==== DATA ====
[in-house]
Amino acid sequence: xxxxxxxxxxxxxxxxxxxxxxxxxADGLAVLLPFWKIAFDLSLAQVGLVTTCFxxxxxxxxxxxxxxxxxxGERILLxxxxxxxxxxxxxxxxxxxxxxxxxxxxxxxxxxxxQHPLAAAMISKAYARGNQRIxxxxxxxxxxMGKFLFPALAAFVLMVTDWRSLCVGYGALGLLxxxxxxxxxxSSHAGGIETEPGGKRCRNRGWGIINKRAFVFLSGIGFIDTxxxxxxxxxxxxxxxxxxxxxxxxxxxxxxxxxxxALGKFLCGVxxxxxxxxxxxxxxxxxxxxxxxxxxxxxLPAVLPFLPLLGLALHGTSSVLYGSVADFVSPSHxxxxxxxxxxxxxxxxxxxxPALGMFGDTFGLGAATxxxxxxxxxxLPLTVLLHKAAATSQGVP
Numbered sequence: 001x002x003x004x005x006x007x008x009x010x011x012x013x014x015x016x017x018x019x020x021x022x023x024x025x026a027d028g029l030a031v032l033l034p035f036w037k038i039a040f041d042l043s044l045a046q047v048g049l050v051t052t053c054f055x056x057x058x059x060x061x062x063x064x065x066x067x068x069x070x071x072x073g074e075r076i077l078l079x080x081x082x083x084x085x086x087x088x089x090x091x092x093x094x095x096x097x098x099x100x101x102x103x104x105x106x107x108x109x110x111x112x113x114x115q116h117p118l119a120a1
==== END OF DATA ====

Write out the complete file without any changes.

[in-house]
Amino acid sequence: xxxxxxxxxxxxxxxxxxxxxxxxxADGLAVLLPFWKIAFDLSLAQVGLVTTCFxxxxxxxxxxxxxxxxxxGERILLxxxxxxxxxxxxxxxxxxxxxxxxxxxxxxxxxxxxQHPLAAAMISKAYARGNQRIxxxxxxxxxxMGKFLFPALAAFVLMVTDWRSLCVGYGALGLLxxxxxxxxxxSSHAGGIETEPGGKRCRNRGWGIINKRAFVFLSGIGFIDTxxxxxxxxxxxxxxxxxxxxxxxxxxxxxxxxxxxALGKFLCGVxxxxxxxxxxxxxxxxxxxxxxxxxxxxxLPAVLPFLPLLGLALHGTSSVLYGSVADFVSPSHxxxxxxxxxxxxxxxxxxxxPALGMFGDTFGLGAATxxxxxxxxxxLPLTVLLHKAAATSQGVP
Numbered sequence: 001x002x003x004x005x006x007x008x009x010x011x012x013x014x015x016x017x018x019x020x021x022x023x024x025x026a027d028g029l030a031v032l033l034p035f036w037k038i039a040f041d042l043s044l045a046q047v048g049l050v051t052t053c054f055x056x057x058x059x060x061x062x063x064x065x066x067x068x069x070x071x072x073g074e075r076i077l078l079x080x081x082x083x084x085x086x087x088x089x090x091x092x093x094x095x096x097x098x099x100x101x102x103x104x105x106x107x108x109x110x111x112x113x114x115q116h117p118l119a120a1